By Stephanie Foden, Contributing Reporter
SALVADOR, BRAZIL – While many international travelers may equate Bahia state’s capital city with Carnival, football (soccer) in Salvador – much like the rest of Brazil – is also a prominent part of local culture. With the reopened Fonte Nova Stadium, experiencing a big match should certainly be on the list of things to do while visiting.
Formally named Itaipava Arena Fonte Nova, the stadium reopened earlier this year in time for hosting part of the FIFA Confederations Cup. It was rebuilt to serve as one of the twelve venues hosting the 2014 World Cup, replacing the old Estádio Fonte Nova.
The arena, which was designed to resemble the old one, gets plenty of use beyond the international FIFA tournament, with regular national league action.
Fonte Nova serves as home to Esporte Clube Bahia, and also occasionally used by local side Esporte Clube Vitória, who normally play at Estádio Manoel Barradas, but move to the larger arena for their high-profile matches.
When the stadium was re-inaugurated in April, it hosted a clássico (derby) between Bahia and Vitória, one of the biggest rivalries in the country.
For Ericson Benício and many other locals, the stadium, which originally opened in 1951, is where they developed their adoration for football. “I have a lot of respect and admiration for Fonte Nova. This is the place where I watched Bahia play for the first time. This was the place where I fell in love with the team. It was fantastic to watch. The players were big stars for me and Bahia was invincible in Fonte Nova.” he told The Rio Times.
The city landmark is located on the eastern edge of the historic center, overlooking Tororó lake and can easily be reached by walking from most central locations. Those coming from further distances will have to rely on the city’s underdeveloped bus lines, which fortunately will be upgraded for the World Cup.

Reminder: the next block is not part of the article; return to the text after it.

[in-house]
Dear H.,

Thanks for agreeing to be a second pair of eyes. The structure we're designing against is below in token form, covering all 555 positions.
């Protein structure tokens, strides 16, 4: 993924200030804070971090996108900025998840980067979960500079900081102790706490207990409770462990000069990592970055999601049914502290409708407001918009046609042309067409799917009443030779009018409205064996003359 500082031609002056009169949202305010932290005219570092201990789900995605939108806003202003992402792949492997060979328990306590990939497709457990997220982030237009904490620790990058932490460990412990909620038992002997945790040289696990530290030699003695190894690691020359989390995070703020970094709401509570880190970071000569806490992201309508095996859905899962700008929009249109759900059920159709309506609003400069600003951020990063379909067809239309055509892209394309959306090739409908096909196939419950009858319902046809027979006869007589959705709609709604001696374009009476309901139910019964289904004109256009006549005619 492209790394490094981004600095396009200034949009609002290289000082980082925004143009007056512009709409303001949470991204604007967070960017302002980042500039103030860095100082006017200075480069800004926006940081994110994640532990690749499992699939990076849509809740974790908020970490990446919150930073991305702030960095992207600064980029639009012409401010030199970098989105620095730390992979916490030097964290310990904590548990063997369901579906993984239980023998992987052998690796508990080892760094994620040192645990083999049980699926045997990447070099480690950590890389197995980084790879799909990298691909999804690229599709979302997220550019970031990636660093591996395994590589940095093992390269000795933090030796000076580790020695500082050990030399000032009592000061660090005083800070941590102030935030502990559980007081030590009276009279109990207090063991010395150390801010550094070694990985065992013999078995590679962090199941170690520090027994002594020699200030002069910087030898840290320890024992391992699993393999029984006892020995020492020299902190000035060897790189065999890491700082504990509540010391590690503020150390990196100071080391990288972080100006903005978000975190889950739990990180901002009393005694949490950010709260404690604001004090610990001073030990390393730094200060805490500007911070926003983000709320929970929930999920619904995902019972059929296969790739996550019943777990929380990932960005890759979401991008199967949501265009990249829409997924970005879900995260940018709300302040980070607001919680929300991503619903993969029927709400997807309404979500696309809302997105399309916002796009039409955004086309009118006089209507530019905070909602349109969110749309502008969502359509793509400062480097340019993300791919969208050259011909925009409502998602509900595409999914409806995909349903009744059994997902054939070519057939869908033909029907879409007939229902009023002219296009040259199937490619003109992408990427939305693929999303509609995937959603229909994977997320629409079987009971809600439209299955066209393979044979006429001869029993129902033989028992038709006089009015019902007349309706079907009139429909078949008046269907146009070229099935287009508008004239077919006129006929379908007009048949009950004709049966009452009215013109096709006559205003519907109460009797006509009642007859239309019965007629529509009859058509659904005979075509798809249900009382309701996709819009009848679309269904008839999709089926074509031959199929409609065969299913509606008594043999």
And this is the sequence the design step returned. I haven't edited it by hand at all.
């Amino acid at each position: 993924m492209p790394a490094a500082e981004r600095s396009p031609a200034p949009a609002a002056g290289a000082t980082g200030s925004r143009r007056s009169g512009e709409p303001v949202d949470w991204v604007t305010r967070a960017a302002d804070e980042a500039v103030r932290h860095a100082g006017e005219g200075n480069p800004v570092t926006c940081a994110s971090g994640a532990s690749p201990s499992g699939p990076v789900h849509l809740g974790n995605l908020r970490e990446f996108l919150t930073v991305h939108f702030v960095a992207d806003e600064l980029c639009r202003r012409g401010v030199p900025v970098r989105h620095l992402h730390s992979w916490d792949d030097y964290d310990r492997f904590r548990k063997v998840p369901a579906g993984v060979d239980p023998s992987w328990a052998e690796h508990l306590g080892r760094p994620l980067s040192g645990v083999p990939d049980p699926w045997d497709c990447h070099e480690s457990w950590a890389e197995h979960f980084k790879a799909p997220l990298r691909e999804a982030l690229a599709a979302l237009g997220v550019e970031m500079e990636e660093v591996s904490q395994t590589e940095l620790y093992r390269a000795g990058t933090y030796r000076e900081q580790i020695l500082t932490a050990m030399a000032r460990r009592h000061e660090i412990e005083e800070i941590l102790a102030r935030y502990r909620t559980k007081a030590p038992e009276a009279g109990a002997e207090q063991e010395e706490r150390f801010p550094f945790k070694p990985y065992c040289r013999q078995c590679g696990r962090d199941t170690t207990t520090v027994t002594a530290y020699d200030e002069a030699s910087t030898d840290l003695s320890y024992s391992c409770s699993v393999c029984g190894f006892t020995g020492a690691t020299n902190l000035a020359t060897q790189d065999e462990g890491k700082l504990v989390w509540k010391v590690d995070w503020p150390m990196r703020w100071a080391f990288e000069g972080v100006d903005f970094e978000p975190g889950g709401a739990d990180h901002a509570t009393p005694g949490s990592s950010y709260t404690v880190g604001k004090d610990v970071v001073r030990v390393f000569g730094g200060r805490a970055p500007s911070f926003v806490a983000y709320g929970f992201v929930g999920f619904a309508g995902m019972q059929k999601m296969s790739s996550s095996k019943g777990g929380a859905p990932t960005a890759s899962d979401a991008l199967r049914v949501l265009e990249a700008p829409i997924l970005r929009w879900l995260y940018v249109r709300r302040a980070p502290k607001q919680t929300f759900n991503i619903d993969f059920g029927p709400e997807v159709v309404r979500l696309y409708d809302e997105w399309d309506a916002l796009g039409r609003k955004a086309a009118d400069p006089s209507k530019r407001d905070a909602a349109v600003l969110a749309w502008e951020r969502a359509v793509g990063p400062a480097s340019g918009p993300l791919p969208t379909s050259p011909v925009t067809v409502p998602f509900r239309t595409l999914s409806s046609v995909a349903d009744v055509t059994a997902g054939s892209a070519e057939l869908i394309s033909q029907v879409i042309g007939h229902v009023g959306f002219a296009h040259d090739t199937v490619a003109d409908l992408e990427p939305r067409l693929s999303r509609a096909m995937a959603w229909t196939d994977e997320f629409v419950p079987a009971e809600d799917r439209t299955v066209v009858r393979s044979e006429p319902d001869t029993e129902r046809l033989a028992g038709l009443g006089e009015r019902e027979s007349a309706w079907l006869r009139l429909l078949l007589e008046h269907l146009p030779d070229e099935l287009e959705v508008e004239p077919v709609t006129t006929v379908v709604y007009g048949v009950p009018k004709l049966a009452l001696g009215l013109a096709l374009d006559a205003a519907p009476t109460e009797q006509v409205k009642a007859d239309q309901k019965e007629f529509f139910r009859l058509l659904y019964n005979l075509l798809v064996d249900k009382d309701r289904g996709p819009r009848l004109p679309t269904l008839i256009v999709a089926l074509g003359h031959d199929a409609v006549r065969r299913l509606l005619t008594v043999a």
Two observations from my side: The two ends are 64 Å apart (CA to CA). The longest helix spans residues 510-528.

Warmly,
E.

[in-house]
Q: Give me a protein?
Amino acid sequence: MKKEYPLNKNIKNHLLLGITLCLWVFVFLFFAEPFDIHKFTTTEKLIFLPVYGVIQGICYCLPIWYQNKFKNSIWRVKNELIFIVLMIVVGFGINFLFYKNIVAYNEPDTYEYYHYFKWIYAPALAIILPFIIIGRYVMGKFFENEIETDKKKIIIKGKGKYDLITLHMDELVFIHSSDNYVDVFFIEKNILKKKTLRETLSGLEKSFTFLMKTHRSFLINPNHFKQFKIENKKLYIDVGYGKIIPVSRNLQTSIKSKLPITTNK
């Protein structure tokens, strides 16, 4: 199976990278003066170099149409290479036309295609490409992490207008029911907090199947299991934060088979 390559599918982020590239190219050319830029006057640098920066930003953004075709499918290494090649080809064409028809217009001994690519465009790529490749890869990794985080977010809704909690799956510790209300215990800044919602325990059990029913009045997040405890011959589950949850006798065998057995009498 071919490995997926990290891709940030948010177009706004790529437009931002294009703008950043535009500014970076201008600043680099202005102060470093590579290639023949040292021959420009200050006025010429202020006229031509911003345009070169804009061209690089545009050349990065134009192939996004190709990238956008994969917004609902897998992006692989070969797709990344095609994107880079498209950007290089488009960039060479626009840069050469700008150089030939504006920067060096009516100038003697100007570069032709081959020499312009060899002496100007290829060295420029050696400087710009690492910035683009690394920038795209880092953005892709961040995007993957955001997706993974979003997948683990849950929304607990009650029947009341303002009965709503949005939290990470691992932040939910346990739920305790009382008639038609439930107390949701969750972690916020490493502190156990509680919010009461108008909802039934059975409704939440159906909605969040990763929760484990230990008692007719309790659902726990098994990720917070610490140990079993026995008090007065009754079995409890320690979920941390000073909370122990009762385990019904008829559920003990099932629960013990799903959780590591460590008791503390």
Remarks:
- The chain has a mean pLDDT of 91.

With capacity for 50,000 people, a number that will grow to 55,000 for the World Cup, the arena offers ten levels and three rings bleachers (lower, middle and upper). There are seventy private boxes, about 2,500 parking spaces, forty food stands, ten elevators, 94 toilets, shops, cultural center and panoramic restaurants overlooking Tororó lake.
“The stadium seems to be easily accessible and well organized regarding the signaling of the entrances and exits,” opined local football fan Fiama Delmondes.
“I watched the [Confederations Cup] Brazil and Italy game there and everything went fine, despite it being an important match. It felt very comfortable, even though the prices for food were absurdly high.”
Tickets for Bahia matches can be bought online via Futebolcard, at the stadium’s ticket kiosks or TicketMix at Salvador Shopping, Iguatemi and Paralela Shopping malls. Ticket prices start at around R$70 for most sections of the stadium and go up to R$165 for premium seats.